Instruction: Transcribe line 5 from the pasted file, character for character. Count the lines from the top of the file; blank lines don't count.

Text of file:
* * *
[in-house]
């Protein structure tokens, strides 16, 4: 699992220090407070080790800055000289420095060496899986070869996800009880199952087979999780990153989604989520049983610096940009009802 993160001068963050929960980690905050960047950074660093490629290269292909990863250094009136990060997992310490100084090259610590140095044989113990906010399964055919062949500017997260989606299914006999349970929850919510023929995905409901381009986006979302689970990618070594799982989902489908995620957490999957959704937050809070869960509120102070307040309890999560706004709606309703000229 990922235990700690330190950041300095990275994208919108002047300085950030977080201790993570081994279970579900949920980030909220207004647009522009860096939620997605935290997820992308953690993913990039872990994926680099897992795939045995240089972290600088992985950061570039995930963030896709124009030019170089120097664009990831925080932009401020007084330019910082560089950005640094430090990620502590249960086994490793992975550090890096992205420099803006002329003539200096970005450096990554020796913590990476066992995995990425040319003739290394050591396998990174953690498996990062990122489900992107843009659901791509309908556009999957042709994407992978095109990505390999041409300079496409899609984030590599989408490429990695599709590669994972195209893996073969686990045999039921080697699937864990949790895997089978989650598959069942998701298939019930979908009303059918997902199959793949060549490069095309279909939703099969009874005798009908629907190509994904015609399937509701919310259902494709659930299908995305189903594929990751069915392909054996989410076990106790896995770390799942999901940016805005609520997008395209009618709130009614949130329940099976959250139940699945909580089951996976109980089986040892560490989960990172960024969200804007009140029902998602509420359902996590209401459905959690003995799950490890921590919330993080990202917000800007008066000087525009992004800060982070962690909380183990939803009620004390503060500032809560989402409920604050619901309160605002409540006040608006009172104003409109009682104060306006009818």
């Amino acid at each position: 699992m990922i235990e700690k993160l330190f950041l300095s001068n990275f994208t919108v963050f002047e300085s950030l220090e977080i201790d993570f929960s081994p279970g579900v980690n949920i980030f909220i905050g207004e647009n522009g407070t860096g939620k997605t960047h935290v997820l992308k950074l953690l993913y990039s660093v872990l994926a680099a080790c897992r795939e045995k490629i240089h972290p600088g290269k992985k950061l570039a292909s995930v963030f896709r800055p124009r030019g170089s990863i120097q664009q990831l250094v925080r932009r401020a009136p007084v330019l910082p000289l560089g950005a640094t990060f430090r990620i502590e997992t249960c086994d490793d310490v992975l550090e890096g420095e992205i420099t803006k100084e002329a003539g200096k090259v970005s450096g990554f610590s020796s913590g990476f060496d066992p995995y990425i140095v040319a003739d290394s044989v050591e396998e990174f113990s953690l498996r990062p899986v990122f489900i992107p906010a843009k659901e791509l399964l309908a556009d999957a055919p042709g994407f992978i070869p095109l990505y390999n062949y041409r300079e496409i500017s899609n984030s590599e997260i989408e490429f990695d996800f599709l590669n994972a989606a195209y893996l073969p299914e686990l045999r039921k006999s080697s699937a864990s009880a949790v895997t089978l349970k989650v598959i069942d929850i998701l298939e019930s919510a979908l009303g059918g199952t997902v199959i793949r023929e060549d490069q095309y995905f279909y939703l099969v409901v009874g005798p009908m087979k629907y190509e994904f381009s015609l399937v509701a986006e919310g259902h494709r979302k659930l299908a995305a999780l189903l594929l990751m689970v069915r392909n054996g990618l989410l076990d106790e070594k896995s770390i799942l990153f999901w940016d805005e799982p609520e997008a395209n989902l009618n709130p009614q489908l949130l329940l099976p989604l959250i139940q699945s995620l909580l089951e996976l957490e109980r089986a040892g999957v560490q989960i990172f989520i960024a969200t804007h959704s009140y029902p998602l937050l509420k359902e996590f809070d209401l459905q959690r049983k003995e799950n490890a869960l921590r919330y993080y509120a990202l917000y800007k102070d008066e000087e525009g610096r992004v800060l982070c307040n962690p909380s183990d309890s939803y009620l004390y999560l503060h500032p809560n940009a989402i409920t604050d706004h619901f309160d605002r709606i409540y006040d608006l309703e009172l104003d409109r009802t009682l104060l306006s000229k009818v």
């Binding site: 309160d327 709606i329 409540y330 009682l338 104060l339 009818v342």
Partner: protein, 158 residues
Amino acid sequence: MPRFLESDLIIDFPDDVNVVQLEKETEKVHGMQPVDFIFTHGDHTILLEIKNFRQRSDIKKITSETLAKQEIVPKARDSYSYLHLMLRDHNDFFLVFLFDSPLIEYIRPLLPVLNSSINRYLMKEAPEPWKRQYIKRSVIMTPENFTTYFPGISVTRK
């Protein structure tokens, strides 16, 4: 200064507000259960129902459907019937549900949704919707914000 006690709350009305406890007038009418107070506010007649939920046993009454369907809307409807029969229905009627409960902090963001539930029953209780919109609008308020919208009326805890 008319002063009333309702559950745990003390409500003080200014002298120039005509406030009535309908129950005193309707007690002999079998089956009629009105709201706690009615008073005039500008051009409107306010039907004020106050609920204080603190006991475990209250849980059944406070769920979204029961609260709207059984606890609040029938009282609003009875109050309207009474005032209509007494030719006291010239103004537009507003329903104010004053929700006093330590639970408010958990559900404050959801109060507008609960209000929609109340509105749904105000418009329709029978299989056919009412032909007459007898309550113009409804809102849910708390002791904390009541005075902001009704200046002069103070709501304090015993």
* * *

Partner: protein, 158 residues